A 25-year-old vulnerability that enables RSA decryption has been presented at the 28th European Symposium on Research in Computer Security. The paper, Everlasting robot: the Marvin attack, discusses how error message handling in SSL servers is still vulnerable to an RSA “padding mode” attack that was discovered in 1998.
This attack fully breaks the confidentiality of the TLS protocol when used with RSA encryption. In 2019, researchers showed that many internet servers were still vulnerable to slight variations of the original attack.
In a blog post describing the new variant of the vulnerability, Hubert Kario, a senior quality engineer at Red Hat, said: “We have had 25 years of people trying to patch this fundamentally broken padding mode. Robot has shown that the far easier workaround was implemented incorrectly by a large number of implementations. Implementing the Marvin workaround correctly is much more tricky, as it must include actually testing it for side channel leakage.”
In the paper discussing the flaw, Kario wrote: “We have successfully attacked multiple implementations using only timing of decryption operation and shown that many others are vulnerable.”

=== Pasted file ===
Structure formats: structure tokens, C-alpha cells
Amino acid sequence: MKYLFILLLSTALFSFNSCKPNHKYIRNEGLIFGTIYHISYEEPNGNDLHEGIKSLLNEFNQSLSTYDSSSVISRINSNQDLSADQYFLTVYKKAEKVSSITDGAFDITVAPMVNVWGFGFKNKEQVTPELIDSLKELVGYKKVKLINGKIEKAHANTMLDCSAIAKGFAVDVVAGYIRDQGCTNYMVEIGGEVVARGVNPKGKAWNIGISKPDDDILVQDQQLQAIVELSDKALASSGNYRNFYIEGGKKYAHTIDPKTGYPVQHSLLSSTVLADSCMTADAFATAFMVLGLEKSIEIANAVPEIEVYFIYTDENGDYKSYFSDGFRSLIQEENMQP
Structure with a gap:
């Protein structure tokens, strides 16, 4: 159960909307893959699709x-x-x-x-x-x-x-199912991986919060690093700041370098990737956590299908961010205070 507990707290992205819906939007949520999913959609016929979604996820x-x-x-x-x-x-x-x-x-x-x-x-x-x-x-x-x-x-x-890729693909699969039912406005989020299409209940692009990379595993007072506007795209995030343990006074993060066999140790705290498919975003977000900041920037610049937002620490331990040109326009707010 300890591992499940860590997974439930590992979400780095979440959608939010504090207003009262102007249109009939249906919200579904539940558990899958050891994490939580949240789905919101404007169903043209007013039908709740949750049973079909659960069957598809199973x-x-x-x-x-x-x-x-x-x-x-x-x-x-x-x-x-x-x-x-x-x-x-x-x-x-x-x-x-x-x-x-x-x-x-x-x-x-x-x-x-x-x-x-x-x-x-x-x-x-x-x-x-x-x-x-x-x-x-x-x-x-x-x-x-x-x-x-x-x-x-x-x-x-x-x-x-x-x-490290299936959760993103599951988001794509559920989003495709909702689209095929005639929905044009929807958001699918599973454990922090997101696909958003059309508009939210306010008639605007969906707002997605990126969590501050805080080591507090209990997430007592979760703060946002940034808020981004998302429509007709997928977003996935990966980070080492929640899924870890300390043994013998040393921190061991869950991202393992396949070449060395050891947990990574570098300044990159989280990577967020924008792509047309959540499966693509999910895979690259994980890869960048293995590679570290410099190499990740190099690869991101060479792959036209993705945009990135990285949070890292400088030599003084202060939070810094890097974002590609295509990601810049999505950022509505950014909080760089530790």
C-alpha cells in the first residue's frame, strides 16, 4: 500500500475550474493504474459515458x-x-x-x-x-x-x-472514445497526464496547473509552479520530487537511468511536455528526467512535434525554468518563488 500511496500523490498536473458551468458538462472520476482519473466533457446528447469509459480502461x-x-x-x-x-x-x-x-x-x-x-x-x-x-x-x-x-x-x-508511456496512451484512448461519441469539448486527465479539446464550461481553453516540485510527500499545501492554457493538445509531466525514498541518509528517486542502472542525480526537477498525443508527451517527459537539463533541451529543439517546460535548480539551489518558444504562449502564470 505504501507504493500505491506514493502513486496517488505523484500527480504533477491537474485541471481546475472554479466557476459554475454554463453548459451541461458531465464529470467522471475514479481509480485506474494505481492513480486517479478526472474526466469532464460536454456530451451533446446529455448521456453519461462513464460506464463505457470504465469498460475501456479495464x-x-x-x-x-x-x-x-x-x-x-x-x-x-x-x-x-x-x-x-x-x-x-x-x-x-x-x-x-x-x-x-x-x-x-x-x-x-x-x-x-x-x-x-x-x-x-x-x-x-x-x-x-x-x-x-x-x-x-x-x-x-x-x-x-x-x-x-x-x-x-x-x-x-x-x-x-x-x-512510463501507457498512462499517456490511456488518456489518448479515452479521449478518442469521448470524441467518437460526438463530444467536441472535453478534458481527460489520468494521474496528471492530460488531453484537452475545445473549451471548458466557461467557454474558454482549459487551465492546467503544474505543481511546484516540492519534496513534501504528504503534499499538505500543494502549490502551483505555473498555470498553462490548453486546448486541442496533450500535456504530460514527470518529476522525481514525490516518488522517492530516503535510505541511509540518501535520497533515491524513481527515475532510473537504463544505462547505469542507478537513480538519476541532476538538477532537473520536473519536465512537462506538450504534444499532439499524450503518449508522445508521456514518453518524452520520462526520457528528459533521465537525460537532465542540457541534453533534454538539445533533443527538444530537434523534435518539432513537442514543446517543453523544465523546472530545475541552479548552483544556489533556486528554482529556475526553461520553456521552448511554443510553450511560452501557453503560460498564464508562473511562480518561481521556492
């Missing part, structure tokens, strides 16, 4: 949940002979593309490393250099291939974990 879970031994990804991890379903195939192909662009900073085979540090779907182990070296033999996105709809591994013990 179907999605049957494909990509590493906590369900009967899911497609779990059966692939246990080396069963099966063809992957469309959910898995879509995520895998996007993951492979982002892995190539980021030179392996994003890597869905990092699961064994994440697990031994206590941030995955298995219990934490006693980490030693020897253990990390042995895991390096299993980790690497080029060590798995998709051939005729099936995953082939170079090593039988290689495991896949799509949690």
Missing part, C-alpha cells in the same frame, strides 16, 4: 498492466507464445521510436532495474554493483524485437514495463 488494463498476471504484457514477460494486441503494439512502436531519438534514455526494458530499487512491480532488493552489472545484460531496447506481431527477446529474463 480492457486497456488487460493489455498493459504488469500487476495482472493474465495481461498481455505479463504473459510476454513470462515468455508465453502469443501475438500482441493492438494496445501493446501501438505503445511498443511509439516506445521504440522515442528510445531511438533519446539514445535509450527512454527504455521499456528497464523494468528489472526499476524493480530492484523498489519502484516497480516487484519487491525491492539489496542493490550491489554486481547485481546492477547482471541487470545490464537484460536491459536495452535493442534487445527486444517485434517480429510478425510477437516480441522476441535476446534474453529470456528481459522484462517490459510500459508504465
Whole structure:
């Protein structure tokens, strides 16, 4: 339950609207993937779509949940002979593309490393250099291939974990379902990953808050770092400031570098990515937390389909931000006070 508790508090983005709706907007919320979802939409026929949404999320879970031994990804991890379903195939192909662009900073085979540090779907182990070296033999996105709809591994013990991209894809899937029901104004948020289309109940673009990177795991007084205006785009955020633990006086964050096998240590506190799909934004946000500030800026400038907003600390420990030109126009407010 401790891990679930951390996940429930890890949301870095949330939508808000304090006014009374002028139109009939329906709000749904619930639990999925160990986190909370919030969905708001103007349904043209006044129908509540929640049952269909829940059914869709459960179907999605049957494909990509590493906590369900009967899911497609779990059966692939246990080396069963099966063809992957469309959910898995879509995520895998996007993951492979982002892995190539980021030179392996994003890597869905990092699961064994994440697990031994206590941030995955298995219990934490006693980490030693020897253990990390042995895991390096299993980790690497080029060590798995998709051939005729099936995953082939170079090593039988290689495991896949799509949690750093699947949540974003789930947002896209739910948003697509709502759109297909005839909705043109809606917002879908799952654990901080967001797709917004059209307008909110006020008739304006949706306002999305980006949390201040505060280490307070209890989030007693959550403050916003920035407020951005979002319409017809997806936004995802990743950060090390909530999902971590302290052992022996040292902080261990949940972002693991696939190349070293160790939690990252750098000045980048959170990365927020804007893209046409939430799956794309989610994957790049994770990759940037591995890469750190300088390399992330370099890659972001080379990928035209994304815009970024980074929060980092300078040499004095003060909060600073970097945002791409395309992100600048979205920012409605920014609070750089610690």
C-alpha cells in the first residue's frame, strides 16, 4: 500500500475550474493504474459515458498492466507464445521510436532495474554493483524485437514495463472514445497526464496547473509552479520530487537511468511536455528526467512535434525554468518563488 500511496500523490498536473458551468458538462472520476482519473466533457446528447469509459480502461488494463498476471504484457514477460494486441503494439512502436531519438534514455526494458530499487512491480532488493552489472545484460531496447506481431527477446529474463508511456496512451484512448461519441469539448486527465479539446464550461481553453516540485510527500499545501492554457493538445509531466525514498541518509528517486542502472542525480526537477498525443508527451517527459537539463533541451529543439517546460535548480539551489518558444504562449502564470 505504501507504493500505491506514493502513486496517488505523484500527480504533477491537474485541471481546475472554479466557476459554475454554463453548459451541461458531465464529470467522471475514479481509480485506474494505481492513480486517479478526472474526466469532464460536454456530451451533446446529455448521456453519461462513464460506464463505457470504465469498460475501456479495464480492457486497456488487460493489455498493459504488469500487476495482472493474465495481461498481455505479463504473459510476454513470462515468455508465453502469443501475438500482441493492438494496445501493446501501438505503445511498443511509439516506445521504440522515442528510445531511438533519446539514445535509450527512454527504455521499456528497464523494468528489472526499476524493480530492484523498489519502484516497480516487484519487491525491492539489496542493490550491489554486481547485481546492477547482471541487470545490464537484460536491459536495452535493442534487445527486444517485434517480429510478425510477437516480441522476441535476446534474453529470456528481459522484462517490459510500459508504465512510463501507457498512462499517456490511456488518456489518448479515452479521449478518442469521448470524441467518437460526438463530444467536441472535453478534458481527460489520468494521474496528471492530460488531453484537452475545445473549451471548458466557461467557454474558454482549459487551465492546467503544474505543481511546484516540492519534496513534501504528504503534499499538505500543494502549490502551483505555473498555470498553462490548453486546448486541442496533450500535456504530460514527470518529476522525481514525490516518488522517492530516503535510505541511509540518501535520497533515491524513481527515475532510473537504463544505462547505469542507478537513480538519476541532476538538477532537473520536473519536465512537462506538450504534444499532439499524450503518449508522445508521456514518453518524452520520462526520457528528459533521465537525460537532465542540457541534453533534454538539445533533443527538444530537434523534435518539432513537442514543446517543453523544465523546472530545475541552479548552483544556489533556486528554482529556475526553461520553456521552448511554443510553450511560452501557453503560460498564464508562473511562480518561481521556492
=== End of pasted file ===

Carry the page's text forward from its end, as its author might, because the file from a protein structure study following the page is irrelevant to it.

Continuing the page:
Kario said that the vulnerability means an attacker is able to decrypt RSA ciphertexts and forge signatures. On a TLS server that defaults to RSA encryption key exchanges, Kario said the attacker would be able to record a session and decrypt it later.
However, for TLS hosts that use what Kario described as “forward secure ciphersuites”, he said the attacker would have to perform a massively parallel attack to forge a server signature before the connection attempt. Kario said that this means such attack is much harder, but not impossible.
According to Kario, the attack is also applicable to other interfaces that perform RSA decryption in an automated manner such as S/MIME, JSON web tokens, or hardware tokens.
He said: “We have identified the vulnerability in multiple implementations and confirmed fixes in a few of them, but believe that most cryptographic implementations are vulnerable in practice.”
Apart from patching, where patches are available, Kario urged IT administrators to “disable ciphersuites that use RSA encryption”, adding that this is the recommended way to fix this vulnerability.
In the paper, Kario said that this is because implementing it correctly is very hard, if not impossible. Discussing the specific vulnerability, he said: “We especially recommend that the PKCS#1 v1.5 padding for RSA encryption should not be used, and any protocols that allow its use should be deprecated, and forbid its use completely.”
According to Kario, any implementation of cryptographic arithmetic that uses general-purpose multi-precision numerical methods is vulnerable to side-channel attacks. “Any code that uses variable size internal representation of integers is, most likely, vulnerable to side-channel attacks,” he warned.